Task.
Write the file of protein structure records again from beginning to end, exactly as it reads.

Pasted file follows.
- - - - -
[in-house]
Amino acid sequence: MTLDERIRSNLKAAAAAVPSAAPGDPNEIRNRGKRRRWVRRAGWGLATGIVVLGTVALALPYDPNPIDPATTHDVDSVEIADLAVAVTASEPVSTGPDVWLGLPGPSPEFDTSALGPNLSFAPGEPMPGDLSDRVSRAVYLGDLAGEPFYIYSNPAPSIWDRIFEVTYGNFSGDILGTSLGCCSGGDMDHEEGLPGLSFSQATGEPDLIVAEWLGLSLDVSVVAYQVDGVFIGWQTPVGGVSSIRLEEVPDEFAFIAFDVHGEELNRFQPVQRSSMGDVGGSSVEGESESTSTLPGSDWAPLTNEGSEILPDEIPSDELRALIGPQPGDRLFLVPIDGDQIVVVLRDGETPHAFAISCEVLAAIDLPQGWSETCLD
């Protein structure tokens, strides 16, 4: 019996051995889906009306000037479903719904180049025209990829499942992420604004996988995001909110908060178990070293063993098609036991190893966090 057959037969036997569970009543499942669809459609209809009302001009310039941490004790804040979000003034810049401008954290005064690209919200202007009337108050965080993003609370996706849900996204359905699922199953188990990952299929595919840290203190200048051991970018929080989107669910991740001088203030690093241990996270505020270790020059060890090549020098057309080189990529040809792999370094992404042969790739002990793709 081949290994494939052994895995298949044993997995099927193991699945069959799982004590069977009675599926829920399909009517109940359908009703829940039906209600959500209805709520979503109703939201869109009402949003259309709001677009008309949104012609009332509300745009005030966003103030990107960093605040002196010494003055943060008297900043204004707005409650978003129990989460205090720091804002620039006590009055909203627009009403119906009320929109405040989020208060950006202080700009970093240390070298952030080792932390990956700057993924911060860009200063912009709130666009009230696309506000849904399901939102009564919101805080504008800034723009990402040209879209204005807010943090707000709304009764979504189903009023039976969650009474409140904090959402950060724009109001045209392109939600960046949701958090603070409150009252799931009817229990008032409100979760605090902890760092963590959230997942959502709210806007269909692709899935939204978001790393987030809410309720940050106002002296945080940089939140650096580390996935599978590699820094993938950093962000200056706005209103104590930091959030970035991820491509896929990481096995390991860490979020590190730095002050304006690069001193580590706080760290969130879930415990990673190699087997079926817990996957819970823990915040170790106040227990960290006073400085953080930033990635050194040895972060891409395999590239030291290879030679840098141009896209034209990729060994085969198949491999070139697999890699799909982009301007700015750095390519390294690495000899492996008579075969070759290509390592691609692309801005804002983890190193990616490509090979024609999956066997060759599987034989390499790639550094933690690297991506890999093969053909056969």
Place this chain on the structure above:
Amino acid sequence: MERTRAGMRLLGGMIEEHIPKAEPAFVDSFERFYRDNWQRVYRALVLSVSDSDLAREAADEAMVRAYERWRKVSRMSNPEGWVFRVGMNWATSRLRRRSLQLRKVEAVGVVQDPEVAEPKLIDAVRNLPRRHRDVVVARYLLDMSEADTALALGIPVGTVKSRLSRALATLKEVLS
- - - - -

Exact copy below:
[in-house]
Amino acid sequence: MTLDERIRSNLKAAAAAVPSAAPGDPNEIRNRGKRRRWVRRAGWGLATGIVVLGTVALALPYDPNPIDPATTHDVDSVEIADLAVAVTASEPVSTGPDVWLGLPGPSPEFDTSALGPNLSFAPGEPMPGDLSDRVSRAVYLGDLAGEPFYIYSNPAPSIWDRIFEVTYGNFSGDILGTSLGCCSGGDMDHEEGLPGLSFSQATGEPDLIVAEWLGLSLDVSVVAYQVDGVFIGWQTPVGGVSSIRLEEVPDEFAFIAFDVHGEELNRFQPVQRSSMGDVGGSSVEGESESTSTLPGSDWAPLTNEGSEILPDEIPSDELRALIGPQPGDRLFLVPIDGDQIVVVLRDGETPHAFAISCEVLAAIDLPQGWSETCLD
């Protein structure tokens, strides 16, 4: 019996051995889906009306000037479903719904180049025209990829499942992420604004996988995001909110908060178990070293063993098609036991190893966090 057959037969036997569970009543499942669809459609209809009302001009310039941490004790804040979000003034810049401008954290005064690209919200202007009337108050965080993003609370996706849900996204359905699922199953188990990952299929595919840290203190200048051991970018929080989107669910991740001088203030690093241990996270505020270790020059060890090549020098057309080189990529040809792999370094992404042969790739002990793709 081949290994494939052994895995298949044993997995099927193991699945069959799982004590069977009675599926829920399909009517109940359908009703829940039906209600959500209805709520979503109703939201869109009402949003259309709001677009008309949104012609009332509300745009005030966003103030990107960093605040002196010494003055943060008297900043204004707005409650978003129990989460205090720091804002620039006590009055909203627009009403119906009320929109405040989020208060950006202080700009970093240390070298952030080792932390990956700057993924911060860009200063912009709130666009009230696309506000849904399901939102009564919101805080504008800034723009990402040209879209204005807010943090707000709304009764979504189903009023039976969650009474409140904090959402950060724009109001045209392109939600960046949701958090603070409150009252799931009817229990008032409100979760605090902890760092963590959230997942959502709210806007269909692709899935939204978001790393987030809410309720940050106002002296945080940089939140650096580390996935599978590699820094993938950093962000200056706005209103104590930091959030970035991820491509896929990481096995390991860490979020590190730095002050304006690069001193580590706080760290969130879930415990990673190699087997079926817990996957819970823990915040170790106040227990960290006073400085953080930033990635050194040895972060891409395999590239030291290879030679840098141009896209034209990729060994085969198949491999070139697999890699799909982009301007700015750095390519390294690495000899492996008579075969070759290509390592691609692309801005804002983890190193990616490509090979024609999956066997060759599987034989390499790639550094933690690297991506890999093969053909056969």
Place this chain on the structure above:
Amino acid sequence: MERTRAGMRLLGGMIEEHIPKAEPAFVDSFERFYRDNWQRVYRALVLSVSDSDLAREAADEAMVRAYERWRKVSRMSNPEGWVFRVGMNWATSRLRRRSLQLRKVEAVGVVQDPEVAEPKLIDAVRNLPRRHRDVVVARYLLDMSEADTALALGIPVGTVKSRLSRALATLKEVLS